Prior to the 2004–05 lockout, former S.E.C. chairman Arthur Levitt famously said that the NHL was on “a treadmill to obscurity.” But some critical concerns are far worse today than they were back then. Prior to the lockout, the owners actually had the option to pay the players less than 55% of their revenues. Today, the payroll minimums force struggling teams like the Nashville Predators and Phoenix Coyotes to spend more on players than they can probably afford.
Perhaps short-term profit and revenue goals can be met by hiking the price of hockey tickets. But in the long run, that will likely prove to be disastrous. Nothing drives television viewership quite as well as a sold-out event, and when casual fans tune in and see empty seats in the most coveted sections, it sends a clear message that hockey isn’t must-watch TV.
In Nashville, the expected purchase by a local ownership group looks to be falling through, and Canadian businessman Jim Balsillie has again emerged as the most likely candidate to purchase the team. Balsillie has made it abundantly clear that he wants to move the Predators to Canada, even going so far as to sell ticket deposits online at Ticketmaster.ca. His latest offer for the team includes a higher penalty for breaking the lease and relocating the team, but perhaps that’s just another indication of how lucrative he thinks moving the team to Hamilton could be.
Further complicating matters, recent contracts handed out to high-profile players such as Daniel Briere, Scott Gomez, and Thomas Vanek were front-loaded. All three players are earning $10 million this season, though their cost against the salary cap is substantially lower (the total value of the contract divided by the number of years).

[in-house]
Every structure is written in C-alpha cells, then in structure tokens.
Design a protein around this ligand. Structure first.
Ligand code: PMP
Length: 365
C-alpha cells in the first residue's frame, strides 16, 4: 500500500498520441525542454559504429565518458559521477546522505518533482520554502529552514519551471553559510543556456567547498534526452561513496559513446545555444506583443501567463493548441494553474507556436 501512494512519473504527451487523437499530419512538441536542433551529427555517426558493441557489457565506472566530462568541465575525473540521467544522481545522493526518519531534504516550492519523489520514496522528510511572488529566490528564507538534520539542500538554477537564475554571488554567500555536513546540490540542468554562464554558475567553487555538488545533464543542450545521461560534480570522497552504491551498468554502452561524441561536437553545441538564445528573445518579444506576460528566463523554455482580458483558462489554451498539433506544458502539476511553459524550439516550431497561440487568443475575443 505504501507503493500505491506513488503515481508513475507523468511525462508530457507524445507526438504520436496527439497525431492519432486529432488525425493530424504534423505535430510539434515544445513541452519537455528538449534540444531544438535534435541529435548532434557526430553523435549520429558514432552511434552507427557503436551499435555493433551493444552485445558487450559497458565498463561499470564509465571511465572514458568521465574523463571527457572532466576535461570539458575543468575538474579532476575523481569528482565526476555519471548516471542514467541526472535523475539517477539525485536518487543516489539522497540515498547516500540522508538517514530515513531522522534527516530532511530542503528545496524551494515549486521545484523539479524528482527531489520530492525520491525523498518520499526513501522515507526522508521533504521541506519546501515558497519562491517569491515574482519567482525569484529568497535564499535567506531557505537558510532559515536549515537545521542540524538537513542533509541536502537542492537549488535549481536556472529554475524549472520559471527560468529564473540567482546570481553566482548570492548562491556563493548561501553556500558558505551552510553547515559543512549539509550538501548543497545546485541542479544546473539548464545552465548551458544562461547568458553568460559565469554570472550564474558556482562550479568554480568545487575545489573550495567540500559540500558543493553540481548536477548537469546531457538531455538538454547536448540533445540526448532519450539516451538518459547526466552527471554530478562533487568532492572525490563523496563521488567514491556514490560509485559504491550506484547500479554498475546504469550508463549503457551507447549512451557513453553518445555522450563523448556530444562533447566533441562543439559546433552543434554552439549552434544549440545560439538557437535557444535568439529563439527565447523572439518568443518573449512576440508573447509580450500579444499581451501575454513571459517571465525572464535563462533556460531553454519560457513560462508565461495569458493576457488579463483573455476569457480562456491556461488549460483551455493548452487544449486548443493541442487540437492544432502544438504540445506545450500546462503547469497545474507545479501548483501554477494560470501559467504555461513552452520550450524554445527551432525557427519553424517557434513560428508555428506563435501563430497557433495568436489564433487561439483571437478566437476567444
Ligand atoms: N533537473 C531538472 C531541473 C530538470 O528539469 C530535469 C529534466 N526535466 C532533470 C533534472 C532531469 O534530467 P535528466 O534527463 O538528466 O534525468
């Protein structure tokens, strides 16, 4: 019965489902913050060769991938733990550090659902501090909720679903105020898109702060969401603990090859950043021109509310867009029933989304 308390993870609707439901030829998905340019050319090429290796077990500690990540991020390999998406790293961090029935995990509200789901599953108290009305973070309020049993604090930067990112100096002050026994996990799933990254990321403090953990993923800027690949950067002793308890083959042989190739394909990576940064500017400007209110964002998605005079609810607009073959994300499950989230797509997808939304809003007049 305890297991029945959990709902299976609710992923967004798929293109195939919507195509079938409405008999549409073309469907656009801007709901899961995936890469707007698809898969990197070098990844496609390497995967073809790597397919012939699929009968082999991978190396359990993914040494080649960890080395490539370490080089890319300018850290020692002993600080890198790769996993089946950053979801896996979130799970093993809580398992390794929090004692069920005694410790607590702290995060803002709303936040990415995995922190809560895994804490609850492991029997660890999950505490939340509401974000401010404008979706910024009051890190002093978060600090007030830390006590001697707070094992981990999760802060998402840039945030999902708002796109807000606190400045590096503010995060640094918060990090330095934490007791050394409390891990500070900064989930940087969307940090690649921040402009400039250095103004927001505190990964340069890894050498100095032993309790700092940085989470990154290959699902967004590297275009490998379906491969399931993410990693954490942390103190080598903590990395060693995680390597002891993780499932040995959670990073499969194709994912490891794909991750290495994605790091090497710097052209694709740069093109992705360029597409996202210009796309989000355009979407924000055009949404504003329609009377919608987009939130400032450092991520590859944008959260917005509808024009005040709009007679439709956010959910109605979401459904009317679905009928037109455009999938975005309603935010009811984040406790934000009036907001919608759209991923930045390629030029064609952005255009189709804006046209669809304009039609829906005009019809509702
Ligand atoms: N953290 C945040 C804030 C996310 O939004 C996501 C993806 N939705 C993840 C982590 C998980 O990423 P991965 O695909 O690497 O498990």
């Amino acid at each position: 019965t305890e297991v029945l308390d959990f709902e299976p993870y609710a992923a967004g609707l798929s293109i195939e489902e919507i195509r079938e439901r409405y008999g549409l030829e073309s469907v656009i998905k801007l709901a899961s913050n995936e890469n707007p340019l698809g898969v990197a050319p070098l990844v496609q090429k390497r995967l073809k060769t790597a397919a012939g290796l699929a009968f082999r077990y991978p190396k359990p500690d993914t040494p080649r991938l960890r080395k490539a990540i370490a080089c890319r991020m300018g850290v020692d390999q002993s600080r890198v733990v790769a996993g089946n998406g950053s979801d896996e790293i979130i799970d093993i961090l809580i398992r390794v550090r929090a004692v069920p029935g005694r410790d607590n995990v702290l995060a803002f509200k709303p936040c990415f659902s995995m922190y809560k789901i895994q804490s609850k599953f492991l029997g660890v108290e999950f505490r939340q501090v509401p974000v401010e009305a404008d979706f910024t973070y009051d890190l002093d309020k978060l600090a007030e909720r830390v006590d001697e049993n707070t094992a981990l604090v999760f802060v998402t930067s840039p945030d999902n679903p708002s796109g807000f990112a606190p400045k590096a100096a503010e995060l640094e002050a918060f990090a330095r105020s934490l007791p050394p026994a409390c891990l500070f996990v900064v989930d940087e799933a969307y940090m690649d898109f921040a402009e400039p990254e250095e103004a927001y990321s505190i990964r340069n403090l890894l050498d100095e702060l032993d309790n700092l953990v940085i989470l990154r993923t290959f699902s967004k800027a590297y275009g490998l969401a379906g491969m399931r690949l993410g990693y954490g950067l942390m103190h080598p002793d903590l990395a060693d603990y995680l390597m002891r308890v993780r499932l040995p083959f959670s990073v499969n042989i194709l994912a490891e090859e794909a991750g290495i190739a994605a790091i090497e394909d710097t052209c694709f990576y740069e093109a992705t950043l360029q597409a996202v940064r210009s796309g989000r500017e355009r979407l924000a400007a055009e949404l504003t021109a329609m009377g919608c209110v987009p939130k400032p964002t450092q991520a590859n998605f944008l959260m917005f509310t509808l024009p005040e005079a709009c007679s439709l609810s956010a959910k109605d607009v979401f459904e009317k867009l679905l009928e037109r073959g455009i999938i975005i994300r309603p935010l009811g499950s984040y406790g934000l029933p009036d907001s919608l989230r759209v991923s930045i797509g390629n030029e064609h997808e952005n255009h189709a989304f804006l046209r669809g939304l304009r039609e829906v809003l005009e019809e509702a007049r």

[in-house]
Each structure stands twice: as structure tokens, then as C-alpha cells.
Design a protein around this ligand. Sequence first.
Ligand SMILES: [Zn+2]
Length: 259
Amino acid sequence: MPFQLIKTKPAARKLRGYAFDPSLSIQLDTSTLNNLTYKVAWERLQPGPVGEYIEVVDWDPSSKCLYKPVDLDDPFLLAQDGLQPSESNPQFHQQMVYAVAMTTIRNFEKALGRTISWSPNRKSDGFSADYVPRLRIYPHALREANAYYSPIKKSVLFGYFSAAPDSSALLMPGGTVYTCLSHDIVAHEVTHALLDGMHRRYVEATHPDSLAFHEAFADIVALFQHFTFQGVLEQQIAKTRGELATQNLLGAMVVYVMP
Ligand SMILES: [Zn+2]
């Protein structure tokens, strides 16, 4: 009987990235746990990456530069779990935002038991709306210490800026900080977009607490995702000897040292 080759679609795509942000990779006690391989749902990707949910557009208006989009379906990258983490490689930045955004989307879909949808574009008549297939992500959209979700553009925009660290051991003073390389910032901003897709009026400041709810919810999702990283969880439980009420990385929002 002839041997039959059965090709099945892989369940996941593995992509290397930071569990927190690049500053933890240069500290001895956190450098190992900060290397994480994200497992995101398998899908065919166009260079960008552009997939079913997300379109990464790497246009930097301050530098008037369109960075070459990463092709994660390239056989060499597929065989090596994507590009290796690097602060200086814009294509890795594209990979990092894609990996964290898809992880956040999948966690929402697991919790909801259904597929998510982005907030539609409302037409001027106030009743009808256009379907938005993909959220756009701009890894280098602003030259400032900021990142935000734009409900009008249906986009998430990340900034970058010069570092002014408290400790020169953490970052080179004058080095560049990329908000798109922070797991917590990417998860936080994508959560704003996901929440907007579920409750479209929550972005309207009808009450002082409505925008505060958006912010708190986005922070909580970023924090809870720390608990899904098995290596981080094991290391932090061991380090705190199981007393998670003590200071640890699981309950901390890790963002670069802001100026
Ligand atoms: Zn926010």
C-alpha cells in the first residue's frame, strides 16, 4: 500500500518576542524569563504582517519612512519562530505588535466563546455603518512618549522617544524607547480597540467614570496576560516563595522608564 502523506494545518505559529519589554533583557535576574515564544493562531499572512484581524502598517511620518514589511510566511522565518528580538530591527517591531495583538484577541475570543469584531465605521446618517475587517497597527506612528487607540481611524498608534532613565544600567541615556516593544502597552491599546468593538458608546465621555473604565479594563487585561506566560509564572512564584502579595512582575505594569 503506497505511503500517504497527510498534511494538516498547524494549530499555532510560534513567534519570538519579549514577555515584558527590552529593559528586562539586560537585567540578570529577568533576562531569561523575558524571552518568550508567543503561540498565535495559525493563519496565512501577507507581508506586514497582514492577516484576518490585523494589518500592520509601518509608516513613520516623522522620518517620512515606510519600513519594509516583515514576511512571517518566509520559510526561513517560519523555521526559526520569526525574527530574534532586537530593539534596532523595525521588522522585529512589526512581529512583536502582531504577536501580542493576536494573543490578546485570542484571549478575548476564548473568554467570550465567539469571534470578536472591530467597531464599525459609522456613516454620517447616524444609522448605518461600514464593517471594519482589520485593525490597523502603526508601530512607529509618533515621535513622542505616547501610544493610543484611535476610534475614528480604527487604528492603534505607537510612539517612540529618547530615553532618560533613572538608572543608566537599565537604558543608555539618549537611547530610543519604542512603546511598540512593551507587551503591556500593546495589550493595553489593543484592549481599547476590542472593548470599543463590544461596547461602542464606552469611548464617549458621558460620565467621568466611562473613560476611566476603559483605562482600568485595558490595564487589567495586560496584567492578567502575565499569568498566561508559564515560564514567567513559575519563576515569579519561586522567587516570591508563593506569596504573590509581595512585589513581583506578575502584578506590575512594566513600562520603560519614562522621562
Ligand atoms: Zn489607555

As a result, there will be a secondary market down the road, where over-the-hill veterans are highly coveted by small-market teams. Acquiring players such as Briere, Gomez, and Vanek at the ends of their respective contracts will bring their new teams closer to the payroll minimum without costing them much in terms of real dollars. But such maneuvers will hardly help these teams to ice competitive lineups.
When the large-market teams figure this out — and every indication is that they already have — the disparity in talent between large- and small-market teams will become greater than it’s ever been. The answer, without question, lies in the partnership between the owners and players, and in the ability of both sides to cooperate and grow league-wide (national) revenues. By doing so, the NHL’s economic structure will begin to more closely mirror that of the NFL and NBA, where small-market teams have a much better shot at competing for championships.
Recent online initiatives with the likes of Apple and YouTube are hugely positive steps. The NHL is uncharacteristically making its content readily available to fans in a wide variety of formats and options, in sharp contrast to the NFL’s staunch refusal to do so.
Should they continue to be forward-thinking with regard to online content distribution — and should Kelly succeed in fostering a more cooperative relationship between the players and owners — look for the NHL to finally get off the treadmill and start gaining ground on its less progressive rivals.